Calgary-based Big Rock Brewery CEO Wayne Arsenault poses for a photo at their location in Toronto on Tuesday, October 3, 2017. Big Rock Brewery Inc. is reporting what it calls its strongest results in seven years in 2020 despite manufacturing issues and a huge drop in keg volume sales as bars were restricted or closed due to COVID-19 measures. THE CANADIAN PRESS/Nathan Denette

Craft breweries report higher sales, volumes in 2020 despite COVID-19 pandemic woes

Craft breweries report higher sales, volumes in 2020 despite COVID-19 pandemic woes

CALGARY — Two of Canada’s biggest independent craft breweries are reporting buoyant results during 2020 despite lost on-premises sales as bars and restaurants were restricted or closed due to COVID-19 pandemic measures.

Calgary-based Big Rock Brewery Inc. said Friday it had its strongest adjusted earnings results in seven years in 2020, despite higher inventory losses and a huge drop in keg volume sales.

Meanwhile, Waterloo Brewing Ltd. CEO George Croft says the Ontario company actually realized double-digit percentage increases in sales in 2020 because only about two per cent of its volumes are sold in bars and restaurants — most is marketed in retail stores.

Big Rock reported Friday it had earnings before interest, taxes, depreciation and amortization of $5.1 million in 2020, compared with an EBITDA loss of $1.1 million in 2019.

“Our EBITDA performance has returned back to where it was in 2013 and our balance sheet is strong as we used that money to pay down debt,” said CEO Wayne Arsenault in an interview.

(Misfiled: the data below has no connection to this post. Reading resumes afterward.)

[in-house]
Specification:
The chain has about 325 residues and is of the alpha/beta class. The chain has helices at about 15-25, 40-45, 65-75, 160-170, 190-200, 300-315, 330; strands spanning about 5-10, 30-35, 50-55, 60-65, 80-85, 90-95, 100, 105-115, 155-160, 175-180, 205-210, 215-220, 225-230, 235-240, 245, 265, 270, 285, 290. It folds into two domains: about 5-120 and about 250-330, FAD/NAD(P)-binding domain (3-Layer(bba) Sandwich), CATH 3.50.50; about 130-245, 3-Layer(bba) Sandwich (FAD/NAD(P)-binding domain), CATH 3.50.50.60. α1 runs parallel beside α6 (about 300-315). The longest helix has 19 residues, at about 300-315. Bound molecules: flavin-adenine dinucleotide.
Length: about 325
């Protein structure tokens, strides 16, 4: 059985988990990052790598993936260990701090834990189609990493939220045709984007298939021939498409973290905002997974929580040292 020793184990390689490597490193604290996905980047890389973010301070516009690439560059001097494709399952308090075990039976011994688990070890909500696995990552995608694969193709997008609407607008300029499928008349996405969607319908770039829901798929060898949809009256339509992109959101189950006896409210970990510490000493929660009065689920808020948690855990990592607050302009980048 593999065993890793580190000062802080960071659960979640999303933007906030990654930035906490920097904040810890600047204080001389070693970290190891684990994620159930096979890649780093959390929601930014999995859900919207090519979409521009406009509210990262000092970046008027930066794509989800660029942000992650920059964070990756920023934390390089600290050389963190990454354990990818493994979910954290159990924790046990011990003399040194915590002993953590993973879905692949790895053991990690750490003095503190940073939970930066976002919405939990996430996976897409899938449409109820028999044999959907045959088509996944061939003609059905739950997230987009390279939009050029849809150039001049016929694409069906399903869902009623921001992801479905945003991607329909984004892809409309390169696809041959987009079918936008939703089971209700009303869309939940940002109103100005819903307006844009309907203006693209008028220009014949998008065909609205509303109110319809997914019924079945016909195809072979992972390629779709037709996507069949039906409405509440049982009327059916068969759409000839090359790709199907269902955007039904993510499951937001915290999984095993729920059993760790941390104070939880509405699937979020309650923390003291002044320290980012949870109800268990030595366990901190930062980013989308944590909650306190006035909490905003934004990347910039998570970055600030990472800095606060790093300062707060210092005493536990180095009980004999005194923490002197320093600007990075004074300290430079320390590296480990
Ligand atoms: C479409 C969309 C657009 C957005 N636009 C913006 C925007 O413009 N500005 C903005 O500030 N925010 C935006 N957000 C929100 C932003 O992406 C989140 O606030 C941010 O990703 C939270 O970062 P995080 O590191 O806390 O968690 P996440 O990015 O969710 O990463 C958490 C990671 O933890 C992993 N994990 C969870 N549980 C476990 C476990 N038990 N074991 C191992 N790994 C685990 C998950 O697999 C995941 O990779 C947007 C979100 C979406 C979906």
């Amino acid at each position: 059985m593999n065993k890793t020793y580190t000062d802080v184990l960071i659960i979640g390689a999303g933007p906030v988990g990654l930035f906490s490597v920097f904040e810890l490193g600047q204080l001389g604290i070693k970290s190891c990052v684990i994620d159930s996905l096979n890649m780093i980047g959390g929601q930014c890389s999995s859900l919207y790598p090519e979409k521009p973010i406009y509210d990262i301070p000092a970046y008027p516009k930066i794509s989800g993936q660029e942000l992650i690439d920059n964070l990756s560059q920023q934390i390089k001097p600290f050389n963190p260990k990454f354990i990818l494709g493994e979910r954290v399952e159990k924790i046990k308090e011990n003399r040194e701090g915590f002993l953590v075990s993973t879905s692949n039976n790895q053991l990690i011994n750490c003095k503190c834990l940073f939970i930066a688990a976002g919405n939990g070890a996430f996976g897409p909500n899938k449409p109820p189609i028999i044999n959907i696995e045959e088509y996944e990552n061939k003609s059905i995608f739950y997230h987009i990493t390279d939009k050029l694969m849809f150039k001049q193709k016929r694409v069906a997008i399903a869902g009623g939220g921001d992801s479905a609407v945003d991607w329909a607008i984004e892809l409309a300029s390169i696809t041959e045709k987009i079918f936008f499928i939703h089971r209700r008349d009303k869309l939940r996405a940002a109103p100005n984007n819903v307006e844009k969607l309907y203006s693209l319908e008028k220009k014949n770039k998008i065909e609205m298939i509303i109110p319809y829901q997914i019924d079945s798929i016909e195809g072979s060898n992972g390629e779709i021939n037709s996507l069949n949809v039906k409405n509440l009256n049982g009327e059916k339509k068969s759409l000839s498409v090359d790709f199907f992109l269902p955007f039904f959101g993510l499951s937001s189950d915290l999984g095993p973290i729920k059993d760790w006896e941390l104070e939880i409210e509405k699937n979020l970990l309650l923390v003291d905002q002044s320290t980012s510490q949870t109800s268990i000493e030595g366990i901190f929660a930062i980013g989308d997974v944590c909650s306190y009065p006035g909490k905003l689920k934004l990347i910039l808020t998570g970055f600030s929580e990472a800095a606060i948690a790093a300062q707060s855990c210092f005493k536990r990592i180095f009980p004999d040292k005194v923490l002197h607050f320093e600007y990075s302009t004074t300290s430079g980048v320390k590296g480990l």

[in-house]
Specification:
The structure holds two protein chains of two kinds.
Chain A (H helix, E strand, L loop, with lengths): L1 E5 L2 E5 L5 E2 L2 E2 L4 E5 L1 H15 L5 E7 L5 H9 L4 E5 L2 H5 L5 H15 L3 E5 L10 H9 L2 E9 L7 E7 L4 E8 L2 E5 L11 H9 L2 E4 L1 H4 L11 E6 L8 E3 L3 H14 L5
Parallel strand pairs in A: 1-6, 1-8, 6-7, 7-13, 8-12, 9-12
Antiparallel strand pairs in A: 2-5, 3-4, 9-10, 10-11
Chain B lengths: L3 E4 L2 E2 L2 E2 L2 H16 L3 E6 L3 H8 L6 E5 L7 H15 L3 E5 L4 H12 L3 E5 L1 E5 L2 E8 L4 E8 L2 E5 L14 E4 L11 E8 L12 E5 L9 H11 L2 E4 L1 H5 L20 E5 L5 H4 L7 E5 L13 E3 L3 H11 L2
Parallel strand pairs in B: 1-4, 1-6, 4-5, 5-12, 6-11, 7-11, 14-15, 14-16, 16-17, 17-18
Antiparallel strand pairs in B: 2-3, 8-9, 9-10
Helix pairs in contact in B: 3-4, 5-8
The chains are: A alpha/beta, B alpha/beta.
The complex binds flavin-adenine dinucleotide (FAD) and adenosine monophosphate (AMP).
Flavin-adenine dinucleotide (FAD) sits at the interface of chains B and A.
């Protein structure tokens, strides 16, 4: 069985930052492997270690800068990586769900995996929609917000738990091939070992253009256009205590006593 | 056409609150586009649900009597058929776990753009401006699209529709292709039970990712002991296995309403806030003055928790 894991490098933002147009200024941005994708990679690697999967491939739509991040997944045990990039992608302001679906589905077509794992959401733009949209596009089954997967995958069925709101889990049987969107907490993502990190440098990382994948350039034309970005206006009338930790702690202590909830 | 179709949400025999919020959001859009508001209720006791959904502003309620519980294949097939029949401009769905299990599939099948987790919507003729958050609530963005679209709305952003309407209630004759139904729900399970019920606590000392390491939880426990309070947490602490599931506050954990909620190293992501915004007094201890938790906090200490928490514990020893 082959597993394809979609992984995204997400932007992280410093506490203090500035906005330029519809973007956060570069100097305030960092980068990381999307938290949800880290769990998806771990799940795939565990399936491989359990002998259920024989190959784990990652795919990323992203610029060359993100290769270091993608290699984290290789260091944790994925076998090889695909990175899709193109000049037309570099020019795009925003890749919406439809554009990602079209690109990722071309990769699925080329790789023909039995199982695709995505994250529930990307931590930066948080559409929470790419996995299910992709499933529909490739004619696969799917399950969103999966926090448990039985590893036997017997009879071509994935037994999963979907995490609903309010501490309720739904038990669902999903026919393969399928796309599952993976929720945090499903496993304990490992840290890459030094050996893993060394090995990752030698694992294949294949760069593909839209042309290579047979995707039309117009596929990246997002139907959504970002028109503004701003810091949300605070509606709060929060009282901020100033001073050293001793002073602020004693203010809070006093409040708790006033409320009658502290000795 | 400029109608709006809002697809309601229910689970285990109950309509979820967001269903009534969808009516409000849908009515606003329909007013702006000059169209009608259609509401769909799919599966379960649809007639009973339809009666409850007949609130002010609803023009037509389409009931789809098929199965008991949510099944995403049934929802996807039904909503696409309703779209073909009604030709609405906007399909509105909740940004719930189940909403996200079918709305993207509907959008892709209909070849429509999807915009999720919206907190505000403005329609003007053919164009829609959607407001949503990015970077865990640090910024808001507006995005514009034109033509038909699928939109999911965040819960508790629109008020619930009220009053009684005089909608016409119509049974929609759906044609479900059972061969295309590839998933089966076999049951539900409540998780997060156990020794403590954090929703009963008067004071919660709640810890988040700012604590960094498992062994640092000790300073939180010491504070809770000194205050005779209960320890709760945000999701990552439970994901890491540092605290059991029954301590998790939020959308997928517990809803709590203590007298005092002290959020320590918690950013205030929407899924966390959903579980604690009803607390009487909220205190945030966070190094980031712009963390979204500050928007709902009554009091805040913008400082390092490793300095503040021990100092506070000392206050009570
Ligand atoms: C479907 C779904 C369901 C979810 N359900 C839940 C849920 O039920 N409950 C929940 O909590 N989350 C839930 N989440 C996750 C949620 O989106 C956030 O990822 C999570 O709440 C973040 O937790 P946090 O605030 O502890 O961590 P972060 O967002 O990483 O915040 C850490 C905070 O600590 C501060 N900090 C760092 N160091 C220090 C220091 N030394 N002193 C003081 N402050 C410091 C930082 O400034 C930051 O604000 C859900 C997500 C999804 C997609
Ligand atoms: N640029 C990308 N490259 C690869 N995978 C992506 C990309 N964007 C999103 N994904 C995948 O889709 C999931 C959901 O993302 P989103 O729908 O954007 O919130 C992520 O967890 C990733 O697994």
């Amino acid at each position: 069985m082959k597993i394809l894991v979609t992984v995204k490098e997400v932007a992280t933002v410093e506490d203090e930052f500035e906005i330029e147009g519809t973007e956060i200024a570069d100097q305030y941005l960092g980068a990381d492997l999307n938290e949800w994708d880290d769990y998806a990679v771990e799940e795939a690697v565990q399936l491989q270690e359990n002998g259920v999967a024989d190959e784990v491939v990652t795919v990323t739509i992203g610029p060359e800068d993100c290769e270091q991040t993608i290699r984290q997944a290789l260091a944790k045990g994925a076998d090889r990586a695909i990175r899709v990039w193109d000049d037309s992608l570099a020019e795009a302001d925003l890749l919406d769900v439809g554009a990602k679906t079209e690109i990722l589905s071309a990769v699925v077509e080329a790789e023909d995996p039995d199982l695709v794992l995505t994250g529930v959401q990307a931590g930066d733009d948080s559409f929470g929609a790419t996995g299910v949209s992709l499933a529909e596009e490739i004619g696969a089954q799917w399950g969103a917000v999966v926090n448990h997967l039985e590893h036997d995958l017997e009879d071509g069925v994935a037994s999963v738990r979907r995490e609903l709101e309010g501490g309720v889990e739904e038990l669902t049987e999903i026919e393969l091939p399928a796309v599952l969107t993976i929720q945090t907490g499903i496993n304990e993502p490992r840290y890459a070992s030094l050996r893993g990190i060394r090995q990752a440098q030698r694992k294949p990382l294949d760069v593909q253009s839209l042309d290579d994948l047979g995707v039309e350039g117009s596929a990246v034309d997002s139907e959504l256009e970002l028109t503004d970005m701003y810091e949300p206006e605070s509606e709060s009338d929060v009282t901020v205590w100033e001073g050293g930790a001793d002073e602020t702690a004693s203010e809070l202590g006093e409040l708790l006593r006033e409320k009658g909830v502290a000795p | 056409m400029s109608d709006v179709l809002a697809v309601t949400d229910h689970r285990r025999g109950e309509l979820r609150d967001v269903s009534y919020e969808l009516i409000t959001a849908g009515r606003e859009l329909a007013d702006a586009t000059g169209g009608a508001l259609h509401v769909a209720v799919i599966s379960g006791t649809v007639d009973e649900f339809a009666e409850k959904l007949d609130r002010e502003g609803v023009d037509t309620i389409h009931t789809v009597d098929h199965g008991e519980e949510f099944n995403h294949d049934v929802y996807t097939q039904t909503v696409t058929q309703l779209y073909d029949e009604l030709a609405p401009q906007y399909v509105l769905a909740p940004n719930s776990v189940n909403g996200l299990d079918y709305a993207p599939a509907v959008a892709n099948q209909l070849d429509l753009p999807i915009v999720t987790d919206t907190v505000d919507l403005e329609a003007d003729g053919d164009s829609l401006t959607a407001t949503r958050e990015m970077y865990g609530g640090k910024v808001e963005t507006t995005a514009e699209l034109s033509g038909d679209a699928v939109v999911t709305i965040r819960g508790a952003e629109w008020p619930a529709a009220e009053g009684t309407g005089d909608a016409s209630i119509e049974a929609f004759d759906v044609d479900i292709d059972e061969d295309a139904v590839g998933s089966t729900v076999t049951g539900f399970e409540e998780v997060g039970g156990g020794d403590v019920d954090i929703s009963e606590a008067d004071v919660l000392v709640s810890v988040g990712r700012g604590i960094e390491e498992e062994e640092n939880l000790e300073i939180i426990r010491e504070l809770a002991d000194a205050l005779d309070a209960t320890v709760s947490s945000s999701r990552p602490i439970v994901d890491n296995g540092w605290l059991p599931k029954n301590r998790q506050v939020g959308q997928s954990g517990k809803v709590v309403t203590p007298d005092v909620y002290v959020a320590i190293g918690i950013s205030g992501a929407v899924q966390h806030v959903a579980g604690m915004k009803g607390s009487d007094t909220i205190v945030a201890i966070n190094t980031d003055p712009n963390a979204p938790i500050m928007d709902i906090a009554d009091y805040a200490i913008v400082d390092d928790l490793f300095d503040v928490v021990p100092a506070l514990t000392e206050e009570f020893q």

He said the craft brewery’s outperformance came despite headaches caused by the pandemic a year ago as its on-premises customers were forced to shut down at the same time that travel restrictions prevented equipment manufacturers from flying in to make a key brewery repair.

Croft said Waterloo Brewing was “exceptionally fortunate” because it was able to keep producing throughout the pandemic and wasn’t affected much by bar closures.

“What happened was when people weren’t able to go to bars and restaurants, the consumption that was previously happening in bars and restaurants moved to the retail channel,” he said.

“So our business during the pandemic was actually up.”

In its most recent financial report, Waterloo Brewing noted EBITDA of $4.0 million in its fiscal third quarter ended Oct. 25, up 19 per cent from the same period of 2019, as revenue leaped ahead by 40 per cent to $22.8 million. Its fourth quarter results are scheduled to be released in April.

Big Rock, which has its main brewery in Calgary and satellite breweries in Vancouver, Toronto and Etobicoke, Ont., reported a net loss of $700,000 last year on revenue of $44 million, an improvement over a net loss of $2.9 million on $42.7 million in revenue in 2019.

The reduced loss came despite taking a $1.5 million non-cash impairment charge in the fourth quarter as a result of the temporary suspension of its Etobicoke brewing and packaging operations due to less product demand.

The company reported $2.1 million in damaged and obsolete inventories in 2020, mainly from issues in the second and third quarters of the year.

“We don’t pasteurize any of our beers … so when we were out at the bars and restaurants and they all suddenly closed, they were full of inventory,” said Arsenault.

“We had to take all of that inventory back and it’s perishable so we ended up losing those kegs.”

Big Rock said sales volumes increased slightly in 2020 to just under 17.3 million litres.

Arsenault said the company capitalized on opportunities in its wholesale channels to make up for its exposure to the on-premises market, where keg sales volumes dropped by 55 per cent. He said normally about 20 per cent of Big Rock’s sales come from the on-premises market.

This report by The Canadian Press was first published March 12, 2021.

Companies in this story: (TSX:BR, TSX:WBR)

Dan Healing, The Canadian Press

BC Craft beer

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